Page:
We had been playing together before we were “together,” and I feel like he’s my mentor. I look up to him and I’ve learned a lot from him, and whenever I have a problem musically I can ask him, like “this line sounds corny – what can I do to make it sound cool?” Harmony and rhythm – “did I transcribe this right?” His ears and knowledge have always been so much more than anyone else I know. I really look up to him and am really psyched about his playing my music, because I can really manicure it with him. Whereas a lot of other musicians I feel like if I called them in, I’d have to hope that they can do the right interpretation. We can talk about it in depth, we play music in the house all the time – standards, noise, whatever – we always listen to records and go music shopping.

I admit it can be a little stifling and my next project may not have him involved. When I first moved to the city I had TheKillMeTrio and it was clear that I didn’t want Chris in the band, but it coincided with his quartet that I was playing in, so we were still playing together a lot. At that point he wanted to play music that had more dynamics and subtleties and I wanted an in your face loud, angry free jazz band. We have a had a lot of arguments about music but we agree that the goal as a musician should be versatility and being exposed to as many different things as possible. If you put him in the right context and tell him the right things, he will go nuts. That’s how a great musician works.

Yeah, I was going to say, on Ache & Flutter, he’s definitely not subtle.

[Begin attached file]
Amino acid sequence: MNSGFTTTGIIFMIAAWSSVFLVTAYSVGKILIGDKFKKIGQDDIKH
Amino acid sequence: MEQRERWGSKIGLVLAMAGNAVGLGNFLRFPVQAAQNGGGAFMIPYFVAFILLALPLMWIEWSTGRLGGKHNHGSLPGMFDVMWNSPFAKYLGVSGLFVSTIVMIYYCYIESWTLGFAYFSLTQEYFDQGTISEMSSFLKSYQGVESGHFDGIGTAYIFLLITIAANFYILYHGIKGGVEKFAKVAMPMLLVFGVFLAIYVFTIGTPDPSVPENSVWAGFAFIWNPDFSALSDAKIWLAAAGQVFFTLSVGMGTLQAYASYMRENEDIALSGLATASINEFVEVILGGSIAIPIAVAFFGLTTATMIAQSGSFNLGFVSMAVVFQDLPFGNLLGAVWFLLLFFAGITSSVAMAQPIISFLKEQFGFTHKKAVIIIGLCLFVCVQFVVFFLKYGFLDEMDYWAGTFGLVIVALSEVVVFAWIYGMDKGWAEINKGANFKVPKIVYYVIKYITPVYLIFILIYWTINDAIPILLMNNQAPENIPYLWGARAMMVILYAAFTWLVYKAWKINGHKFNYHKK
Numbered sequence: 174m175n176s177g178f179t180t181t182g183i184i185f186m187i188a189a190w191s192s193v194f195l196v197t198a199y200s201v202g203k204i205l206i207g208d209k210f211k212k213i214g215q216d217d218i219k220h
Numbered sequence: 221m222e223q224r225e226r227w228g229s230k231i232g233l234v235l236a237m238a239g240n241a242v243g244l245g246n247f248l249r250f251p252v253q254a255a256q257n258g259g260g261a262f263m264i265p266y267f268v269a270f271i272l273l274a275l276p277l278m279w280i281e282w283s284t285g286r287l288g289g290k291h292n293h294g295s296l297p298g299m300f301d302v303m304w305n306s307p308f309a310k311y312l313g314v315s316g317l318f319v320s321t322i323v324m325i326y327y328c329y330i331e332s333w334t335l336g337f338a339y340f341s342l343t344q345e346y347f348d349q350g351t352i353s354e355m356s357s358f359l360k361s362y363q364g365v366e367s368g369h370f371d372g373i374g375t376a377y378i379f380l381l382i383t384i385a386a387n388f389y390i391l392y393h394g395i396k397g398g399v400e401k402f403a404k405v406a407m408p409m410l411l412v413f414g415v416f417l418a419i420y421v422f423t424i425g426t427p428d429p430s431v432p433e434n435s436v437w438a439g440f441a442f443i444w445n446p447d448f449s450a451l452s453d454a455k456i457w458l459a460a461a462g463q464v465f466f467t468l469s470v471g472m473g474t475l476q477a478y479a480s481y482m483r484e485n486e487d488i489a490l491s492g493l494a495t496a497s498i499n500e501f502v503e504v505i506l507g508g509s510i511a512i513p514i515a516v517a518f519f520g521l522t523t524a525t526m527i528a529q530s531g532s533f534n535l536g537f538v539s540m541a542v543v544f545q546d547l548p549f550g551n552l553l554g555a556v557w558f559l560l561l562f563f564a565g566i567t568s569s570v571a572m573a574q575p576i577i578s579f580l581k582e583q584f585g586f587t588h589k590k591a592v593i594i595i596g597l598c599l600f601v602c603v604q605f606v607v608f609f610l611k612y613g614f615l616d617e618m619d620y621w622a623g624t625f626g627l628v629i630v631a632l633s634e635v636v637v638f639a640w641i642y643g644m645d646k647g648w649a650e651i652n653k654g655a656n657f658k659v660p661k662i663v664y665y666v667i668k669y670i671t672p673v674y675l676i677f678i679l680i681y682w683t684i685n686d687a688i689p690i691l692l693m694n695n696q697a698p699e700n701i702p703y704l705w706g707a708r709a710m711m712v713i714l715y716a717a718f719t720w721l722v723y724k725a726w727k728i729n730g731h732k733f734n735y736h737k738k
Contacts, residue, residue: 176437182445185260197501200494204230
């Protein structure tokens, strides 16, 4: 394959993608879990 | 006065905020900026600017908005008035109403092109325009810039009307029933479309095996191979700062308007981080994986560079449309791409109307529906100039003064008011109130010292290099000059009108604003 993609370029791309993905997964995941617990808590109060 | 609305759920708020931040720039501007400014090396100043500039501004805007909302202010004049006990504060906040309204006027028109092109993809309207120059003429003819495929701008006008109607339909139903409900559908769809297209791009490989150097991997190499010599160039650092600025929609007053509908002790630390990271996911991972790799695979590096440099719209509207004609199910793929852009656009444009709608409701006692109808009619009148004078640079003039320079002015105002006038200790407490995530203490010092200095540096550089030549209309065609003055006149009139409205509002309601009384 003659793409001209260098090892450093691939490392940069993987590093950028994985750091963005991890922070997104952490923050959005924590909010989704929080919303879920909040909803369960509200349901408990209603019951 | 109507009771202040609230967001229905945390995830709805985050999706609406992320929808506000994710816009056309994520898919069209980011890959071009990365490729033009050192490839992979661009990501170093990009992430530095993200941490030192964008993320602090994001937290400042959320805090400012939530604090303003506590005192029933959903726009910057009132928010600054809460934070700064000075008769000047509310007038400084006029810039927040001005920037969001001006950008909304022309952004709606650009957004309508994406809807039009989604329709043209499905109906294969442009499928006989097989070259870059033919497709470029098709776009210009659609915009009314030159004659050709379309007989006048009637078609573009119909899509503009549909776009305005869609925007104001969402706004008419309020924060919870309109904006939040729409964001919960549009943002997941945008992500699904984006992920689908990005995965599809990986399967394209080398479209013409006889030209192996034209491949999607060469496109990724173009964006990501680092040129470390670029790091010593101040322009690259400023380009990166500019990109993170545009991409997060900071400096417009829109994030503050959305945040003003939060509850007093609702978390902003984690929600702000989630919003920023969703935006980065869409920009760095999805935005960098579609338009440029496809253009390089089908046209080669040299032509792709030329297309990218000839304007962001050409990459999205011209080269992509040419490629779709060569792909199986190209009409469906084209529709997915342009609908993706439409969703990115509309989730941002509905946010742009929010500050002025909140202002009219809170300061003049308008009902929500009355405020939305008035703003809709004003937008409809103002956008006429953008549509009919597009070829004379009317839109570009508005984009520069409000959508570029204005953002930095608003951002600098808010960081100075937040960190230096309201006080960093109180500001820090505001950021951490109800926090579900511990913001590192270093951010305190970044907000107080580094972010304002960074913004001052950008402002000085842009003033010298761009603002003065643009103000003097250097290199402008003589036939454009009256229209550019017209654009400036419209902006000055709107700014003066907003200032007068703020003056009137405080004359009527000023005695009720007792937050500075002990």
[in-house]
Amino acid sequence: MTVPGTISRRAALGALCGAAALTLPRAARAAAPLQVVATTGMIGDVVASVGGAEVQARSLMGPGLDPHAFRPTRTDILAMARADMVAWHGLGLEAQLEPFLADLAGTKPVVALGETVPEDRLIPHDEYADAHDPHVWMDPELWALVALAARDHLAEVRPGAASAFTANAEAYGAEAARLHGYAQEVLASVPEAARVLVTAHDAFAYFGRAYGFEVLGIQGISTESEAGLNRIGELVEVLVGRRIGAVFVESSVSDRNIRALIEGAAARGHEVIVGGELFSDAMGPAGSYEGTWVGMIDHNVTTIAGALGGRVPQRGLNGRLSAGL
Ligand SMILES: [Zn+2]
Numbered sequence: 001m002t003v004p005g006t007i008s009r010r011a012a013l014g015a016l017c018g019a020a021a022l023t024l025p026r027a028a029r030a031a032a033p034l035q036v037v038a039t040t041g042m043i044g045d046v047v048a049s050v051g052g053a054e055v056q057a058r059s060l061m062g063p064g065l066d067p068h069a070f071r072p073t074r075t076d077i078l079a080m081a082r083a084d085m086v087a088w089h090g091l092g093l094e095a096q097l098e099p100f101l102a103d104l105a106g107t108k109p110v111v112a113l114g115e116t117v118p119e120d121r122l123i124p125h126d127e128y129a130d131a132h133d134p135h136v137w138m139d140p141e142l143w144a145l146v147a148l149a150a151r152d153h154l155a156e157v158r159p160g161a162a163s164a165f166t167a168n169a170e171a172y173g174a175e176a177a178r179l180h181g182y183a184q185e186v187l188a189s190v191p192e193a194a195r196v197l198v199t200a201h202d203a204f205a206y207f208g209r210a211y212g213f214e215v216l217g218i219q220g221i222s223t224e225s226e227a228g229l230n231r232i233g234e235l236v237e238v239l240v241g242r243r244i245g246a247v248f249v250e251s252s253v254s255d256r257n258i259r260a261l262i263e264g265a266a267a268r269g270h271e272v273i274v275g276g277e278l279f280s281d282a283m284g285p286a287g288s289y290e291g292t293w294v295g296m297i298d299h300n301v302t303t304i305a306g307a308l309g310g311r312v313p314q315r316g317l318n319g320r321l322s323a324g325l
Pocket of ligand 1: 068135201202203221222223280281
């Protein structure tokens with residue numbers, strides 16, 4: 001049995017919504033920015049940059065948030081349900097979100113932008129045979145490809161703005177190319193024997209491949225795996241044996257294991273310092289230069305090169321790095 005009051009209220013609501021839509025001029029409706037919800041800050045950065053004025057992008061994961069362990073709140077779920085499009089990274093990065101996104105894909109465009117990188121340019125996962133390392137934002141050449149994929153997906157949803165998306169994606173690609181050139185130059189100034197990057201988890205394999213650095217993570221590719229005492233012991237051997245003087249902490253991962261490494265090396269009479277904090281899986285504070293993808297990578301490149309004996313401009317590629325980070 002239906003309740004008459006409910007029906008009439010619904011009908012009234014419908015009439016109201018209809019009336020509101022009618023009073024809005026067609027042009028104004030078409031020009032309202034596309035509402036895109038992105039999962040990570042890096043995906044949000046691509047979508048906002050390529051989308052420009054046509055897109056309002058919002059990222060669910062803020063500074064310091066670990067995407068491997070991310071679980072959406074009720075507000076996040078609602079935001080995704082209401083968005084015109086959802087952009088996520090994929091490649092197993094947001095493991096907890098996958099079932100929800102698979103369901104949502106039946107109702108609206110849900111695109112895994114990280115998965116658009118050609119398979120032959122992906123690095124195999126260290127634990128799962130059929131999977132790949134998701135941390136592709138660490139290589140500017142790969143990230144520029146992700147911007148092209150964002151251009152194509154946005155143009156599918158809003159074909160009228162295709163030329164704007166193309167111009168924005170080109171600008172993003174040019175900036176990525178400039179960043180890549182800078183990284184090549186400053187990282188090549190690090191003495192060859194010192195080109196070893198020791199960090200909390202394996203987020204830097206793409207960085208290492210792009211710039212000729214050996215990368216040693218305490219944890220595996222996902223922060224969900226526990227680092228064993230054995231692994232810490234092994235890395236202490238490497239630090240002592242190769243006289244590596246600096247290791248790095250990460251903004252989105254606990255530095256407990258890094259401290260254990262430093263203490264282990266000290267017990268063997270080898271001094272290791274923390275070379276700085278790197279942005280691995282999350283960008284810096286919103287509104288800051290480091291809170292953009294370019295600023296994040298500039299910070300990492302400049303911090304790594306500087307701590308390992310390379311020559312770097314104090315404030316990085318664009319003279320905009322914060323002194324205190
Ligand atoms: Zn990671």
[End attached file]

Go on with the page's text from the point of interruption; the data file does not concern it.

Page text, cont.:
I suggested certain things – I said "I want you to listen to Sonny Sharrock" and I told him I wanted the music to have that vibe. I was really into Black Woman and wanted to have him sound like that.

Any parting thoughts?

I was really psyched to be invited to play Roulette again [on Monday, March 3] I haven’t played the new space with my own project before. I played the old space with William Parker's Essential Orchestra doing Inscription For Cecil Taylor. Cecil was in the audience! It's great playing with these guys – I’ve been friends with and playing with Mike, Yoni and Chris for a long time. I’m also very excited to test out the new book of music – one in particular I remember my mother humming when I was a child, so it all comes from experiences like that. There is peace, love and torment with this music. I like to describe my new music as melodies that calm demons and improvisations that give them some "exercise."


Interview conducted in Williamsburg on March 1, 2014 and over email.
Solo photos by Wesley Mann
Cellular Chaos photo courtesy ThrAsheville Zine